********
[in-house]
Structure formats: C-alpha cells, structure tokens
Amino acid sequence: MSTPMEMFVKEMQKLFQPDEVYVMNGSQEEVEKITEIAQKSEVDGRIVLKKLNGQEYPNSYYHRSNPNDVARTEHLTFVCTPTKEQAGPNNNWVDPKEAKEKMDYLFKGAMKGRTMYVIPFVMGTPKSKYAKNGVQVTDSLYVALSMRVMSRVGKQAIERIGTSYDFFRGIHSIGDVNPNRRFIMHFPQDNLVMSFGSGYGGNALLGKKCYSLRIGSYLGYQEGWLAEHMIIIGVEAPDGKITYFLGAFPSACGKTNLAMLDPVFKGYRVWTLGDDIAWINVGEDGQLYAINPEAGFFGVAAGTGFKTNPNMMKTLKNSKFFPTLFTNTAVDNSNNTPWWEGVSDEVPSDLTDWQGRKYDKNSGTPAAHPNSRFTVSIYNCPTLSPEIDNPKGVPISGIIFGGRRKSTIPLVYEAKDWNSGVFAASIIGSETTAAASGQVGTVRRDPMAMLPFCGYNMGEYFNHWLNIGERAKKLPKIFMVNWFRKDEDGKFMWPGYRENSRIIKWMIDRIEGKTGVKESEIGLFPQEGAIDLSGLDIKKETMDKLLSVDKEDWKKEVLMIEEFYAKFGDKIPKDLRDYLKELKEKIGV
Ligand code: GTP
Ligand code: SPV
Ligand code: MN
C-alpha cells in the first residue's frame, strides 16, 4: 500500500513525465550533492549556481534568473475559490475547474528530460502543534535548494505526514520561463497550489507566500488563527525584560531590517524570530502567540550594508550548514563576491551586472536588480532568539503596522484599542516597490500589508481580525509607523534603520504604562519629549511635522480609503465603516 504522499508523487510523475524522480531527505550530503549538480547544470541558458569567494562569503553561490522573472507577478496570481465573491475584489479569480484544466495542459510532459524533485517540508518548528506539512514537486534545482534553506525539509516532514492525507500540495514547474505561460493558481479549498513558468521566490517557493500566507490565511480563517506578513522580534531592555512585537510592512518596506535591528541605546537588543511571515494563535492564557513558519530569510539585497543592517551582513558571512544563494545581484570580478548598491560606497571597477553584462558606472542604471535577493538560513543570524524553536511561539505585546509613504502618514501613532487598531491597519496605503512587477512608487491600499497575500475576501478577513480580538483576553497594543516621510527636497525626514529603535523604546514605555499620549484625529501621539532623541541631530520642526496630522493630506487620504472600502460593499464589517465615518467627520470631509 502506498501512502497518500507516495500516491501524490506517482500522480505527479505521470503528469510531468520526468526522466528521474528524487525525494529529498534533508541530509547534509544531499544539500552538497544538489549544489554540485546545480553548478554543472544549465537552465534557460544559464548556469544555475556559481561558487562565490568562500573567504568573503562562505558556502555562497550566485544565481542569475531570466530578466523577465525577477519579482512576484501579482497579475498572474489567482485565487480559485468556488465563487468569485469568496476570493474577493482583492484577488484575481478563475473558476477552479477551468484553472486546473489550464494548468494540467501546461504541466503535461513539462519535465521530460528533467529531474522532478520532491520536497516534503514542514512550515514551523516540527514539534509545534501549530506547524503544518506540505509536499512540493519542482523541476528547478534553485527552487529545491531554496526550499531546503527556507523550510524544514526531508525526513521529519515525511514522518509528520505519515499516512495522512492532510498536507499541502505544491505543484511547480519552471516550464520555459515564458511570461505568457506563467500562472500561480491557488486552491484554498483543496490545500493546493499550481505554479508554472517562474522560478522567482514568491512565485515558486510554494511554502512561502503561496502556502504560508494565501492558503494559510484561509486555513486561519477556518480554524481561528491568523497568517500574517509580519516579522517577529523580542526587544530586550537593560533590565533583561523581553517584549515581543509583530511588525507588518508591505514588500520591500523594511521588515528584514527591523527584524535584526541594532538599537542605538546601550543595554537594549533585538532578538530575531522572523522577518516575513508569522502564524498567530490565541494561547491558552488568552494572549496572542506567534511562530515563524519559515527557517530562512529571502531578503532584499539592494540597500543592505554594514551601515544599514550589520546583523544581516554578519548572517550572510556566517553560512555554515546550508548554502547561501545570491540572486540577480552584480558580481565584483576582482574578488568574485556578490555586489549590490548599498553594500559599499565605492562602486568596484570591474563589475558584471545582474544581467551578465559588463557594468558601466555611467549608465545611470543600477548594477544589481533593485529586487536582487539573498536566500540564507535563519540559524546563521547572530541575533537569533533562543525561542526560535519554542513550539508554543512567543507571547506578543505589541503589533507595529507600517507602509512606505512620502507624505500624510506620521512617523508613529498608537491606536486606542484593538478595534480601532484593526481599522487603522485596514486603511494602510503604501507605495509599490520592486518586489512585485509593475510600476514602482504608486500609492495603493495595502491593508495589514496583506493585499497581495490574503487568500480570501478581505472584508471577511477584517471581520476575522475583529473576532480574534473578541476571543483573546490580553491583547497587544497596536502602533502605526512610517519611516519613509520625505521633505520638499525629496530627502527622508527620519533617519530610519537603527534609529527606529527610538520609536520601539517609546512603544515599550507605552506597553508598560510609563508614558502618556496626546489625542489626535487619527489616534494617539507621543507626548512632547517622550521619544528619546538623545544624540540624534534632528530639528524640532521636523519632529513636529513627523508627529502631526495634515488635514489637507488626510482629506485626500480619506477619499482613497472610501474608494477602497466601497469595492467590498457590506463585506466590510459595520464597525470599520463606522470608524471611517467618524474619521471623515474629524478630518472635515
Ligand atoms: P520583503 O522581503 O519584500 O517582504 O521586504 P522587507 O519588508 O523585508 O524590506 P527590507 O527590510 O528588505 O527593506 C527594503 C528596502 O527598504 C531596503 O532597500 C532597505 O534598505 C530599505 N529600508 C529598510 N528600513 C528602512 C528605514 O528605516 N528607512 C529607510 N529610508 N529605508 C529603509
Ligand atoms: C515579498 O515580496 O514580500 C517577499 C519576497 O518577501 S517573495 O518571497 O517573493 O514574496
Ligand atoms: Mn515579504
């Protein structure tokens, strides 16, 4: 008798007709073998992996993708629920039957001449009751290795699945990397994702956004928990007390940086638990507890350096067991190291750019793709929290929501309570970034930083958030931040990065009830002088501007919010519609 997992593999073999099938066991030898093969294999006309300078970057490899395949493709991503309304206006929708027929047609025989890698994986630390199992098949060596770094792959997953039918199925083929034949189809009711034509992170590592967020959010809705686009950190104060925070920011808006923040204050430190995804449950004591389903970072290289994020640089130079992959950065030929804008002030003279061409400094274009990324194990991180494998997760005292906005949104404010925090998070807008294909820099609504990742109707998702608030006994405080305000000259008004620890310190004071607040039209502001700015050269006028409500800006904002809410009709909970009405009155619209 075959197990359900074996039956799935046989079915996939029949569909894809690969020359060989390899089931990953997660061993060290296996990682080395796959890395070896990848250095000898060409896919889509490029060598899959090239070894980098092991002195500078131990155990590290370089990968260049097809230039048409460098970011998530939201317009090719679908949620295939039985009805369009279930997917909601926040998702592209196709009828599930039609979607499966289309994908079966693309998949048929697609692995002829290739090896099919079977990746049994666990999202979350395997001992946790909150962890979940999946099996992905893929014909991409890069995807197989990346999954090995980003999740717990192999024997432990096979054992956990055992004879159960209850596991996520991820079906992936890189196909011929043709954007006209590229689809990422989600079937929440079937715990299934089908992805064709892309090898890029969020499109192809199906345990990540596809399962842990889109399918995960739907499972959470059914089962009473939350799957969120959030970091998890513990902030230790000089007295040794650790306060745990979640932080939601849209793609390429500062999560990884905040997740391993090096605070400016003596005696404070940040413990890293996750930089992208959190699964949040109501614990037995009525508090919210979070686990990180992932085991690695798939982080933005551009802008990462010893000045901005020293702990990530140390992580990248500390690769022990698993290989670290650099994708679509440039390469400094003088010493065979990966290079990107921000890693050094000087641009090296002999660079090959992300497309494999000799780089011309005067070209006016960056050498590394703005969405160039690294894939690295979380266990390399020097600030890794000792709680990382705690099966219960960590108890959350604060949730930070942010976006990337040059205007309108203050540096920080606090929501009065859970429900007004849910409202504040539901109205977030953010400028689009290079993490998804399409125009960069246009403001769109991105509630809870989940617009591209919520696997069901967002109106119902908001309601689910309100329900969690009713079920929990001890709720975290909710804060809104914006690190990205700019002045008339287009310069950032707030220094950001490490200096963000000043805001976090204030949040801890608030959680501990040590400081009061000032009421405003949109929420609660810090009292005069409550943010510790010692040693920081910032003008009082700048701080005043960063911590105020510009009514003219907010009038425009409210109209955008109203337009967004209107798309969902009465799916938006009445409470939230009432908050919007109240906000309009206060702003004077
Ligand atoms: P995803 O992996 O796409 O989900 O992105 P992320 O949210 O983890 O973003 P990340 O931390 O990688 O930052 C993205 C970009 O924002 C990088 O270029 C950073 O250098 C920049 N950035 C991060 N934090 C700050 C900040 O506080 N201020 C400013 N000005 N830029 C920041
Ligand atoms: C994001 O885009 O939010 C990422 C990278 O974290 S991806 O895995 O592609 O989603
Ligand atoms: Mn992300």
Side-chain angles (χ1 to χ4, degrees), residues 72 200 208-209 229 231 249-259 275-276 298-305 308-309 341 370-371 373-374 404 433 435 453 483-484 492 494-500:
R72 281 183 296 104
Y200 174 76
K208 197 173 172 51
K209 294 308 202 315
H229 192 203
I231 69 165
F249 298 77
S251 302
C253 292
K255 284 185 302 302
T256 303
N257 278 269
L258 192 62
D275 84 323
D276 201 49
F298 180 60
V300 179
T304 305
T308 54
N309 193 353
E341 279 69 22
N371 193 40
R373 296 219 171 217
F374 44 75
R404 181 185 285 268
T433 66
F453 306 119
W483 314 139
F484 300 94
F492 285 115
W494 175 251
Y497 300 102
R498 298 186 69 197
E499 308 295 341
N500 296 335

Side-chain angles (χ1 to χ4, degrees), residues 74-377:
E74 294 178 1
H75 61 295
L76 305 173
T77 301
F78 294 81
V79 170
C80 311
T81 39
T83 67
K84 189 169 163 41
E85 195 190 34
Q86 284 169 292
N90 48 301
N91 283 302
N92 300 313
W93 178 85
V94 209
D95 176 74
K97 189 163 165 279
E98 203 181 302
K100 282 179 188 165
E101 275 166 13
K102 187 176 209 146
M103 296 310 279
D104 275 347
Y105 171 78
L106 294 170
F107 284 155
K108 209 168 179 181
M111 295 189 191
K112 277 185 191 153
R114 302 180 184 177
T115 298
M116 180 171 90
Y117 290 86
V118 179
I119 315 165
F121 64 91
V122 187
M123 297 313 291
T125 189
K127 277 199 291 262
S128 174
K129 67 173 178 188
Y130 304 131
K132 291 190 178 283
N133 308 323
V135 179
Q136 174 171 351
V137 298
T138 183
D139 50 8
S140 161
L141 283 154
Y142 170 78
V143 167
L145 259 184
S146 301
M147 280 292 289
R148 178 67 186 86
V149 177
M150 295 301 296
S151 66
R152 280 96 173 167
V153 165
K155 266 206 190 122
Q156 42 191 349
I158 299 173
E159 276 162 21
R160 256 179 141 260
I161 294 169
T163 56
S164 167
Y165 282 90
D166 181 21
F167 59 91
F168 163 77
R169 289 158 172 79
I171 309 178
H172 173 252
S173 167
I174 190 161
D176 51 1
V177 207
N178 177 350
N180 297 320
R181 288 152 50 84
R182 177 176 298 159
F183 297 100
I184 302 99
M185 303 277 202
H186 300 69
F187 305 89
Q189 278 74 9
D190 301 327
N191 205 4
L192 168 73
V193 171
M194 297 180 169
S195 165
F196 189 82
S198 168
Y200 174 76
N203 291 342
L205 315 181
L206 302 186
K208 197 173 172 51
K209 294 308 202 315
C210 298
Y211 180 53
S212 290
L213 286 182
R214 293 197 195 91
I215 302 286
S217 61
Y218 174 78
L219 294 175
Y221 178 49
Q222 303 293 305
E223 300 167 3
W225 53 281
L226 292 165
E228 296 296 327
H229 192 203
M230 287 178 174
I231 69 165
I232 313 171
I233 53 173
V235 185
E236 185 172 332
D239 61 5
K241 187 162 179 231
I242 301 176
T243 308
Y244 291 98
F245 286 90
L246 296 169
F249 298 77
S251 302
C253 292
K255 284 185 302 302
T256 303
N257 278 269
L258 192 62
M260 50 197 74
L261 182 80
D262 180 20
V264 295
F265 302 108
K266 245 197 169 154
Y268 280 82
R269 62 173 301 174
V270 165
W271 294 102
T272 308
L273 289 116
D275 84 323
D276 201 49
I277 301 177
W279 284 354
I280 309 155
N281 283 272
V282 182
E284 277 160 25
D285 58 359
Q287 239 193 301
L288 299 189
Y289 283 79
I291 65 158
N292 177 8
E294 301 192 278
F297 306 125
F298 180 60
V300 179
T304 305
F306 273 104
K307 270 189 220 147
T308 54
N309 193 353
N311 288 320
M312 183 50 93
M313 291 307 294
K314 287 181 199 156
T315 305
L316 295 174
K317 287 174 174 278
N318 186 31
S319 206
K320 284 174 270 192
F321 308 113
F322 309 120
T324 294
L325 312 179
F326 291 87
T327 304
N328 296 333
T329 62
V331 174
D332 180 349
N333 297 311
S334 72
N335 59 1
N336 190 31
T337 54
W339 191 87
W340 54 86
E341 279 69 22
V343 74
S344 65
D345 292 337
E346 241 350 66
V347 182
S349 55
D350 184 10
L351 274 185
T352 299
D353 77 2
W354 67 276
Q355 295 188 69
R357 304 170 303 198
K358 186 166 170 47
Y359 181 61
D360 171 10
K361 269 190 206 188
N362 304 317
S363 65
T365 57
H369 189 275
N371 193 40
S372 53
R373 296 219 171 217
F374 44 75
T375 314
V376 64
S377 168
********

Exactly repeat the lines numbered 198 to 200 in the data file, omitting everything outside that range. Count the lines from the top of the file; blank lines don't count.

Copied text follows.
D262 180 20
V264 295
F265 302 108